” data-original-title=”” title=””>Omar HakimWeather Report’s drummer from ’82 to ’86, said of Zawinul: …” there were times when he was a very difficult character to deal with.”
But there was evidently method in Zawinul’s madness. Shawn Hart, who became Weather Report’s road manager in early 1974, states that, “the demands that he made on the rest of the band were so instrumental to their success.” And Weather Report certainly became successful, with most albums in its ’70s Heyday shipping hundreds of thousands of units.
Commercial success was matched, for the most part, by critical acclaim, with many critics dazzled by the music at the same time as being unsure quite how to categorize it. Weather Report’s concerts—laboratories of open-ended improvisation—soon attained legendary status, especially in Europe and Japan where the band was adored.
Bianchi addresses the
1951 – 1987
” data-original-title=”” title=””>Jaco Pastorius years in some detail. Hailed by many as the greatest bassist ever, in what Zawinul called “the greatest band in the world,” Pastorius had the world at his feet. Hisive behaviorerratic and alcohol, fueled by and drugs, was the result of a bi-polar disorder that went undiagnosed for years. His turbulent life, cut short in brutal manner by a bouncer, makes for ultimately sad reading.
That Pastorius lasted six years in Weather Report, despite frequently butting heads with Zawinul, reflects not only the fondness for and esteem in which Zawinul held Pastorius, but the extent of the musical contributions the bassist made to the band. For Zawinul, the music came above everyone and everything.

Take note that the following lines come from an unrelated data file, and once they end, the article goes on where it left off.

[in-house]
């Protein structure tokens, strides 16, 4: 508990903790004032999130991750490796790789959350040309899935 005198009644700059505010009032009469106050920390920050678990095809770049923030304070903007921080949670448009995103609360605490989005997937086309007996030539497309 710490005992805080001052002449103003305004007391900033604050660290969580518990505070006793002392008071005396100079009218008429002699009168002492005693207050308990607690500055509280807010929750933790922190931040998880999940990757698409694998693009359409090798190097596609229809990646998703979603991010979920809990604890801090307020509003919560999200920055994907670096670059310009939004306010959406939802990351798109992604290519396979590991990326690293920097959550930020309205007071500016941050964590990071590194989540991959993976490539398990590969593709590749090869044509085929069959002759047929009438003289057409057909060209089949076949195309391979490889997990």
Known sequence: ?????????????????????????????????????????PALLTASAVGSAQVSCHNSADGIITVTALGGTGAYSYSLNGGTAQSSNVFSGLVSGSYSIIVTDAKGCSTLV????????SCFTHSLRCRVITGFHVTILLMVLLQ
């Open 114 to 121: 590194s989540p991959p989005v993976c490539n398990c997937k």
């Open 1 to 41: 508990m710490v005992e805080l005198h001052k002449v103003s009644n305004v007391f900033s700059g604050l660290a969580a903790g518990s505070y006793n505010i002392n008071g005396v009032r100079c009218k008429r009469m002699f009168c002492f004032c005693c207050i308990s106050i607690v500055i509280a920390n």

Zawinul’s hunger for the endless sonic possibilities that new technology offered was central to his and Weather Report’s evolving sound over the years. Tech-heads, particularly, will revel in the detail that the author goes into describing the workings—and pitfalls—of Zawinul’s gear—the Oberheim polyphonic synthesizer, the Prophet 5 Synthesizer, the E-mu Emulator, etc. Despite all the high-tech wizardry, it is somehow reassuring to learn that Zawinul would plug a matchbook between his keys to effect a drone sound.
Exhaustively researched over many years, Bianchi interviewed just about every musician who ever set foot in the studio of a Weather Report recording or who twirled a drum stick on stage—no matter how briefly. Roadies, sound engineers, managers—all contribute layers to the tale.
There is, however, a somewhat functional feel to the weather report story. This has less to do with Bianchi’s telling of it than it has to do with the band’s contract to Columbia, which meant that it was tied to a relentless annual cycle of albums—fourteen studio releases in fifteen years—and tours.
That Bianchi’s descriptions of Weather Report’s final few albums are significantly shorter than those of the band’s early-to-mid period is perhaps suggestive of a band that was running out of creative steam. It was Shorter who blinked first, leaving Weather Report to pursue a solo career, and thereby ushering in the fleeting era of Weather Update and the subsequent Zawinul Syndicate, all of which the author covers in a brief but necessary coda to the main story.
Weather Report fans will surely lap up a book that spares no detail. Rich in anecdotes and first-hand accounts, Elegant People… captures the energy and questing spirit of a unique band, steered by Zawinul and Shorter, whose ripples are still being felt all these years later.